But seriously, it looks like you have plenty of tools to figure out accommodations for your tour. And the thing about the Pacific Coast is that there are few places where there are a scarcity of lodging options. And if you have the ACA map, it'll warn you about them.

Camping is dead easy on the Pacific Coast, with a couple exceptions (noted on the ACA maps). Since the majority of places you stay at will be state run hiker-biker sites, you don't need to think much about them. They'll always be available to you, no reservations needed. Just look at the maps. Other map apps and google maps are useful, but if you are strictly staying on the route, superfluous. (They would come in handy if you decided to do considerable detours off the main route.)

Indoor lodging would be trickier. There are a decent amount of hotels and motels on the route, but if you are going in the high season, many will be booked up. That's when you can use google maps and other searches to book them a day or two in advance. If you plan on doing this, I'd recommend getting a North American cell phone number when you get State-side. Some of these places won't have online booking options, so you'll need to be able to call them (and possibly leave a message if you hit them at the time they close the office to clean, run to town to do errands, etc.)

But I wouldn't sweat these things too much. It's easy to overthink things before hitting the road. Many people have biked the Pacific Coast with less tools, and have come out fine.

Routes / Re: cycling thePacific Coast Oregon in May
« on: May 15, 2017, 03:39:28 pm »
I plan to cycle the Pacific Coast from Astoria Oregon to Crescent City Cal. in May.

May, as in this month?

I would like to receive comments, suggestions, special recommandations, etc, from cyclists that cycle that Route recently.

I haven't ridden the route recently but do plan on being out there a bit next week. I live in Portland, though. May is a mixed bag of a time when it comes to weather. And we've had a very wet winter and spring. May is the transition period to summer, so you can have a few nice sunny days with temps between 16 to 22C. Then you can have a few crappy days with lots of rain, headwinds, and a temp of 10 to 16C (but will feel colder because it's wet and windy.)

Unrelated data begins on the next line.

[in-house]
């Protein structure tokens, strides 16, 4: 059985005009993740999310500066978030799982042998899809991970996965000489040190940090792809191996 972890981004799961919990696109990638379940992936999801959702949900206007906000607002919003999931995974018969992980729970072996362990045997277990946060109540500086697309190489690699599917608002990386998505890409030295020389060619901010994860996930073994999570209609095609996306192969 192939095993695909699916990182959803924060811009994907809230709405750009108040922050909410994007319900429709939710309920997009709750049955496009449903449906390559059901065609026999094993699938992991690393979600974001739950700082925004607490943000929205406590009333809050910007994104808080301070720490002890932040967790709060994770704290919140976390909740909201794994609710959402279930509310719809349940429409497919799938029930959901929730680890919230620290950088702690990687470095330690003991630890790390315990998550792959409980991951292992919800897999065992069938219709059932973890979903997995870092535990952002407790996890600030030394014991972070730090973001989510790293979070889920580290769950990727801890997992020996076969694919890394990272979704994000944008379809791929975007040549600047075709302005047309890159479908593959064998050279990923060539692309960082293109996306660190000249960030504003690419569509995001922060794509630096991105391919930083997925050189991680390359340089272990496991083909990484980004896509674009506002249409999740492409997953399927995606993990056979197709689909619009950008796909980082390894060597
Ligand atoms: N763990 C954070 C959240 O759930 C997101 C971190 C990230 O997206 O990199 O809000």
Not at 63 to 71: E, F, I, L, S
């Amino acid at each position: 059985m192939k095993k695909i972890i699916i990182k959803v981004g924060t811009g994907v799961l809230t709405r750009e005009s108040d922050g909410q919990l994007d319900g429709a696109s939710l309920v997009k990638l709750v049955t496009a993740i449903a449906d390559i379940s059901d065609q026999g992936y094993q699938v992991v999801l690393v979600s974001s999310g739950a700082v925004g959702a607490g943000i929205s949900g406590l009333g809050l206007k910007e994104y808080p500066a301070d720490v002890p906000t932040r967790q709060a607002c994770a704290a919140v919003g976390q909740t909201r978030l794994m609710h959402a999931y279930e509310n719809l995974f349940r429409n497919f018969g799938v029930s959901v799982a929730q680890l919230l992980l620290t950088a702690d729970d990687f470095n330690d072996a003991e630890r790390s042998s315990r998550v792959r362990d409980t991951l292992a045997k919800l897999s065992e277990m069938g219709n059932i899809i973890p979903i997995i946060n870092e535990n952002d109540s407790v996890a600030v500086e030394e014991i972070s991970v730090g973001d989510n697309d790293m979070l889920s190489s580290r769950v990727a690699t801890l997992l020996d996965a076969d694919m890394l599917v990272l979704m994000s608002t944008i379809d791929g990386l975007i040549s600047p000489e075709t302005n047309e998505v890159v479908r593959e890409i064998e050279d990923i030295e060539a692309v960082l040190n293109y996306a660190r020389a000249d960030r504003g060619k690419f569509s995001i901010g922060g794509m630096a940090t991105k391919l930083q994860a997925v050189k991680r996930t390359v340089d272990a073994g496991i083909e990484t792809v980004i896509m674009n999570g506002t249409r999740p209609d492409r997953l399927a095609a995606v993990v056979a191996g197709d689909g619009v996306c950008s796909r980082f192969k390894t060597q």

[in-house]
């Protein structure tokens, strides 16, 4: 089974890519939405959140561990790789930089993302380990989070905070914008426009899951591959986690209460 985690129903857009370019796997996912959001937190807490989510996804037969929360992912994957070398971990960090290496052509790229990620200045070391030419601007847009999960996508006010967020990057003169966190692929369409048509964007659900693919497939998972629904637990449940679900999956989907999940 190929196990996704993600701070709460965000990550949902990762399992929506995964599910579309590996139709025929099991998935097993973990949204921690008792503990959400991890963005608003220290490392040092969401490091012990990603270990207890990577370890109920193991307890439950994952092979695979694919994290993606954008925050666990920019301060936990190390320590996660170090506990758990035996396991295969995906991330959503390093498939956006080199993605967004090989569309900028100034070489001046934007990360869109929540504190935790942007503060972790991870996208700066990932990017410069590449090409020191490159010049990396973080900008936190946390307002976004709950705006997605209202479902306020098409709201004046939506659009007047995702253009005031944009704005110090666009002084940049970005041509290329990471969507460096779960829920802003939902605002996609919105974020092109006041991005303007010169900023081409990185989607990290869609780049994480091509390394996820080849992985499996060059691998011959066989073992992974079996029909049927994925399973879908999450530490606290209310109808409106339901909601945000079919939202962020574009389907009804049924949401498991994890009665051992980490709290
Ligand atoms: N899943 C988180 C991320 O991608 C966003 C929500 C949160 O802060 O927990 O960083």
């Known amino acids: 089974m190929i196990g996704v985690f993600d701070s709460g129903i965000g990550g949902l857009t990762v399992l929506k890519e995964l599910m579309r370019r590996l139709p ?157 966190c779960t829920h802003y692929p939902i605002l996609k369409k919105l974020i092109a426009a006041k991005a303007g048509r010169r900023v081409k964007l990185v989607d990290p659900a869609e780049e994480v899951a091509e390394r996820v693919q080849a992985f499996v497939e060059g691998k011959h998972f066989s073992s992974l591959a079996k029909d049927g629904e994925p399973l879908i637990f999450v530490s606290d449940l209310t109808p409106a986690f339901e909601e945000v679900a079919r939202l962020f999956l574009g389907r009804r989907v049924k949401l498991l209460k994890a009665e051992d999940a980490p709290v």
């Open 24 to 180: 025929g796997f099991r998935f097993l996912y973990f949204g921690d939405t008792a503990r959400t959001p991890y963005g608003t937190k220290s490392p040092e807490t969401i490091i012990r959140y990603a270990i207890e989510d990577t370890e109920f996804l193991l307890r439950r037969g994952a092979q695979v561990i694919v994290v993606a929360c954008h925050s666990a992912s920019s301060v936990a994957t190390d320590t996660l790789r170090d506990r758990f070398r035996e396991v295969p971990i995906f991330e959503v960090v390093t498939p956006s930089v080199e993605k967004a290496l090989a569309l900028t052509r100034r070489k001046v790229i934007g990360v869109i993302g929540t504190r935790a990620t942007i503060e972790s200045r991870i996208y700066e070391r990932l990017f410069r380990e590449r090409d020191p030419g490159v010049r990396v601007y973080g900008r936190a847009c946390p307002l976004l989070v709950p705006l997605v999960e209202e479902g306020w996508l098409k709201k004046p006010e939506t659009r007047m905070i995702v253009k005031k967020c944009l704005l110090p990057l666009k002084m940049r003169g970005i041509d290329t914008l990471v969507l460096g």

I would have liked to order the booklet/Map from the AdventureCycling Organisation but unfortunatly I will not receive it on time for the trip. Can We buy that booklet in Portland?

I've seen the ACA Pacific Coast map on sale at the REI in downtown Portland. Can't say that they'll have it stock when you need it, though. And they'll only have the closest map sections, so if you go further down the coast, you'll need to figure out a way of getting those maps. If you know where you will be when you arrive in Portland, you can have the maps sent to you.

i will stay in Motel/hotels along the Route.

Before Memorial Day, you should have okay luck finding indoor lodging. And ending up in a warm and dry place will make those wet days more tolearable.

For anyone travelling the L&C through the Columbia Gorge in Oregon:
A large rockslide has closed a section of US 30, aka the Historic Columbia River Highway, at Rowena Crest (about 10 miles west of The Dalles.) This slide is going to take awhile to clear, so ODOT estimates two to three weeks of closure.

Here are the known detours:
  • Use the shoulder of Interstate 84 between exit 69 (US 30/Mosier) and exit 76 (Rowena)
  • Cross the Columbia River at The Dalles Bridge (US 197) and use Washington Route 14 between The Dalles and Stevenson (cross to Oregon side at Bridge of the Gods)
  • Use Dry Creek and Sevenmile Hill Road between Mosier and The Dalles. It's got quite a climb, though.